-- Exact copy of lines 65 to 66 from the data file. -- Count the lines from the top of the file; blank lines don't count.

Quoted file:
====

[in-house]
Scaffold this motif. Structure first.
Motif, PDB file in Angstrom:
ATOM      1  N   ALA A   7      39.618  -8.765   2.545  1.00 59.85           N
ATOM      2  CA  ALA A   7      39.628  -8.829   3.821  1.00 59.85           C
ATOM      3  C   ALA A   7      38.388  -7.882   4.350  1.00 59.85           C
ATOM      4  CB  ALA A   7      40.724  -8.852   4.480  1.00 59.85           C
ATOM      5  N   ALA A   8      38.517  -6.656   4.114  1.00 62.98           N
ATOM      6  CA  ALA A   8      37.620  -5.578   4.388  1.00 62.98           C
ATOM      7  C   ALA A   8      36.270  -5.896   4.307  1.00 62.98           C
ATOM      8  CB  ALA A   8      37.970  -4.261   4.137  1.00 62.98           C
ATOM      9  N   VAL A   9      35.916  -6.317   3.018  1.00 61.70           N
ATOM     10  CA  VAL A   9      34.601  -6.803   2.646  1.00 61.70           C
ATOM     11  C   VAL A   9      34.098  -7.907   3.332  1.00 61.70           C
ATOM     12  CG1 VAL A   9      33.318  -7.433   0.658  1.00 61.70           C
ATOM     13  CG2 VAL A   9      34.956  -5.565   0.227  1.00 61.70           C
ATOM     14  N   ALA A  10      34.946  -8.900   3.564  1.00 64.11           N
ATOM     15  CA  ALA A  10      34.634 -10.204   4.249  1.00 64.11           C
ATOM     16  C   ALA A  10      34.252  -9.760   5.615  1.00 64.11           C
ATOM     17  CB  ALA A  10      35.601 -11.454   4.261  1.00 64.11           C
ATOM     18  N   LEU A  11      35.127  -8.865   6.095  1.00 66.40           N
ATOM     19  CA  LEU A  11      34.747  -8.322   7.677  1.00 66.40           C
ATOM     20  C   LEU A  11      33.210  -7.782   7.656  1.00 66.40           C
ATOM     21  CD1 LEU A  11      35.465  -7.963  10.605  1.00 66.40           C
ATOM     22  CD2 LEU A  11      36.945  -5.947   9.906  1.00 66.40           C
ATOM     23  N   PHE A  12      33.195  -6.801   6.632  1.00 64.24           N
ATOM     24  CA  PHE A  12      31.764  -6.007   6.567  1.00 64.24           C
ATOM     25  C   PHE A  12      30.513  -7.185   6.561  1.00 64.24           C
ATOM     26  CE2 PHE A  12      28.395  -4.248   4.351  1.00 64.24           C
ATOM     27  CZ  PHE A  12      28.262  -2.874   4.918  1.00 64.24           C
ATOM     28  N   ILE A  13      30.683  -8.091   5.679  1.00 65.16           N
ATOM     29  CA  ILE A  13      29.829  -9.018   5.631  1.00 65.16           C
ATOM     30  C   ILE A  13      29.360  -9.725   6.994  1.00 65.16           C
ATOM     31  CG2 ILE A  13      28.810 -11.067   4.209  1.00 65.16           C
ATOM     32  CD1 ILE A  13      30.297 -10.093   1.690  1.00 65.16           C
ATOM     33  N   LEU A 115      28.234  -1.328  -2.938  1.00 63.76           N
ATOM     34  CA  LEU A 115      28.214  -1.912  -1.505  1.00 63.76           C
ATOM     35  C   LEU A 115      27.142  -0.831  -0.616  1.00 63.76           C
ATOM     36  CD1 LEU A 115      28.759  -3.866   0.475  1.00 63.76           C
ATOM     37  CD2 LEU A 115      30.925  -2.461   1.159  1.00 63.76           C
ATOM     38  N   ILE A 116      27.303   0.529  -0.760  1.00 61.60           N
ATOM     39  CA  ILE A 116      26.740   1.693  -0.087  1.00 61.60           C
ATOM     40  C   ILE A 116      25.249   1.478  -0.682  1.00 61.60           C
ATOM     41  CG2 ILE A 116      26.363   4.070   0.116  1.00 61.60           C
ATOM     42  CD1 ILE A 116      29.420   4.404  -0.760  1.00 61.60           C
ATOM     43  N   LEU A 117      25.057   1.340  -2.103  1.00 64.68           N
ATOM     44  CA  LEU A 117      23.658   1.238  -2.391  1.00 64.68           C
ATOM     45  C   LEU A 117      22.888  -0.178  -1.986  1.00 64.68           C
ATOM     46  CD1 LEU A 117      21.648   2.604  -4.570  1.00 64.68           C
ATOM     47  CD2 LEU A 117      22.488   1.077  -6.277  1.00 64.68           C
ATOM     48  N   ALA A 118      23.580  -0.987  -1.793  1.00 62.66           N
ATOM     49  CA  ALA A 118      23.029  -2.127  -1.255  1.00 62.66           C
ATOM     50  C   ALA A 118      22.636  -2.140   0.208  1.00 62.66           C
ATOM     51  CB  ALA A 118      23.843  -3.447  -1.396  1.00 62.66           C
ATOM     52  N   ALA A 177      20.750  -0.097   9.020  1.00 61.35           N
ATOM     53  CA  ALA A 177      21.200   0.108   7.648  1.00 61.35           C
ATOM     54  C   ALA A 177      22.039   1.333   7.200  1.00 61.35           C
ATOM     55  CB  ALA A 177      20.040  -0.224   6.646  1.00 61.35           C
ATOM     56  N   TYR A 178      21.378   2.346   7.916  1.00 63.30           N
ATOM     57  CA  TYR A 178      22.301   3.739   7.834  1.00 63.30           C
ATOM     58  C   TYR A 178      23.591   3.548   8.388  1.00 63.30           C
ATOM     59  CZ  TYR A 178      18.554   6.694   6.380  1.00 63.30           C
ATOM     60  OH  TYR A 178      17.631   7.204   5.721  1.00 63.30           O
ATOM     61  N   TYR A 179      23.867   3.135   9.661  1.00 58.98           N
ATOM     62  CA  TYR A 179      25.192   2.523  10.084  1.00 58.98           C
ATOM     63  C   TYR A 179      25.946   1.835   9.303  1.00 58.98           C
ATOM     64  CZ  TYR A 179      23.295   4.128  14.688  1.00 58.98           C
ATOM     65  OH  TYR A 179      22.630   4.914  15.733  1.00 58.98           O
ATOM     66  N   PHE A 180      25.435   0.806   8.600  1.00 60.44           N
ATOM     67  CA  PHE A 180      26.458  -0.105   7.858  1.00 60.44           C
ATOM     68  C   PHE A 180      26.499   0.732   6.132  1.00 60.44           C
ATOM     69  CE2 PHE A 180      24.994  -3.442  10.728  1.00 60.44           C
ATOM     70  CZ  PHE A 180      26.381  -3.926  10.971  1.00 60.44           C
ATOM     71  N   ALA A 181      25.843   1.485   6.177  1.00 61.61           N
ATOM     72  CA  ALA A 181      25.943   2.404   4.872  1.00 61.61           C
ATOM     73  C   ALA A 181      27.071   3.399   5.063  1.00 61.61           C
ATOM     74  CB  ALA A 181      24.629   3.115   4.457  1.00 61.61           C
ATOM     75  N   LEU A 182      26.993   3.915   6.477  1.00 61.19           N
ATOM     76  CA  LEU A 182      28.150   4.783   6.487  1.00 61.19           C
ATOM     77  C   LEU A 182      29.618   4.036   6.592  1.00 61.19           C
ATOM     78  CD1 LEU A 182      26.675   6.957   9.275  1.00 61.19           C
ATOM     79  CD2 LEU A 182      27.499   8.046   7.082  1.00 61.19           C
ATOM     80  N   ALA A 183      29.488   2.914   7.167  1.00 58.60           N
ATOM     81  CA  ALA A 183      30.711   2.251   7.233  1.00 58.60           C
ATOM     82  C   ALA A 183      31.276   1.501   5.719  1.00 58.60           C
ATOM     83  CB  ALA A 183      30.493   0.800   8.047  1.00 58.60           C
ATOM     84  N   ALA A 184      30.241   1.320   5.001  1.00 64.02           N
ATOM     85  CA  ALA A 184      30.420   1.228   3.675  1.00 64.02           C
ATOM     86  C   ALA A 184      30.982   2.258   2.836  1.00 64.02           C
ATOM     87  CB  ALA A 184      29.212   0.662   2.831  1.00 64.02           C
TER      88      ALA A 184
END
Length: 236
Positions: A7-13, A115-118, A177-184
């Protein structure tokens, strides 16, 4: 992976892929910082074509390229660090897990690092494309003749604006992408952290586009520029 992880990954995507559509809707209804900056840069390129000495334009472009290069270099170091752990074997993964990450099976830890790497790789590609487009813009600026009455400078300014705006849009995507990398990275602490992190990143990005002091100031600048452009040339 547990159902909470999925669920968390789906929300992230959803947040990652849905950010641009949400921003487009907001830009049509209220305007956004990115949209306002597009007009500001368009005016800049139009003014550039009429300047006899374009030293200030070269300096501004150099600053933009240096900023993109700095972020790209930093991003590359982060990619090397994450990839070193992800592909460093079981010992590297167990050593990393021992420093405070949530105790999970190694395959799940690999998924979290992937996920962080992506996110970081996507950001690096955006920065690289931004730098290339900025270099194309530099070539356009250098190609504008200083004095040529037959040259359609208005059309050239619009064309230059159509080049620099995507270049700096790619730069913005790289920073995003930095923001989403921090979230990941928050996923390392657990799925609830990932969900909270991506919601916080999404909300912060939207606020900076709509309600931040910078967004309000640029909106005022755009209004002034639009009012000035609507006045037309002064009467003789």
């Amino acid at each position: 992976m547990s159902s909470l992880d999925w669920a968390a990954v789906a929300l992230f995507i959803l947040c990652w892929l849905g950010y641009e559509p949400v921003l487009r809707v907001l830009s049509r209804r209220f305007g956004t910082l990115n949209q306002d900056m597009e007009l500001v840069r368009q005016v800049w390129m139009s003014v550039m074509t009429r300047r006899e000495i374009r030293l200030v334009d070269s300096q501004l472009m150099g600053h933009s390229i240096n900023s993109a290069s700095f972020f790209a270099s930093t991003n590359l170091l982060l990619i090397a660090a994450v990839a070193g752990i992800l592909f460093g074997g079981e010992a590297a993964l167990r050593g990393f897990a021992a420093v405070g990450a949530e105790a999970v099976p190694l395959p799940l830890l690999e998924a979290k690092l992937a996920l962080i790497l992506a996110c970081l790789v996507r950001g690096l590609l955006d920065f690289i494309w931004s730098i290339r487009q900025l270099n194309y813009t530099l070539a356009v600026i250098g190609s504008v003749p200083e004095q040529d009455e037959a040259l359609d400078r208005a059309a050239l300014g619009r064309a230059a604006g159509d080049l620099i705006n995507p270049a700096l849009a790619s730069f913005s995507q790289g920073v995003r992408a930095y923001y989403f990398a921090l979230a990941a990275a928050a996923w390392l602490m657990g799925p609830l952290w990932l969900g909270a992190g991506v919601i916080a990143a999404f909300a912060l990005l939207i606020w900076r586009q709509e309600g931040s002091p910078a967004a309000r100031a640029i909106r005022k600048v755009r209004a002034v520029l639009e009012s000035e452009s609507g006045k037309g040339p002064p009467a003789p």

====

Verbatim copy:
ATOM     62  CA  TYR A 179      25.192   2.523  10.084  1.00 58.98           C
ATOM     63  C   TYR A 179      25.946   1.835   9.303  1.00 58.98           C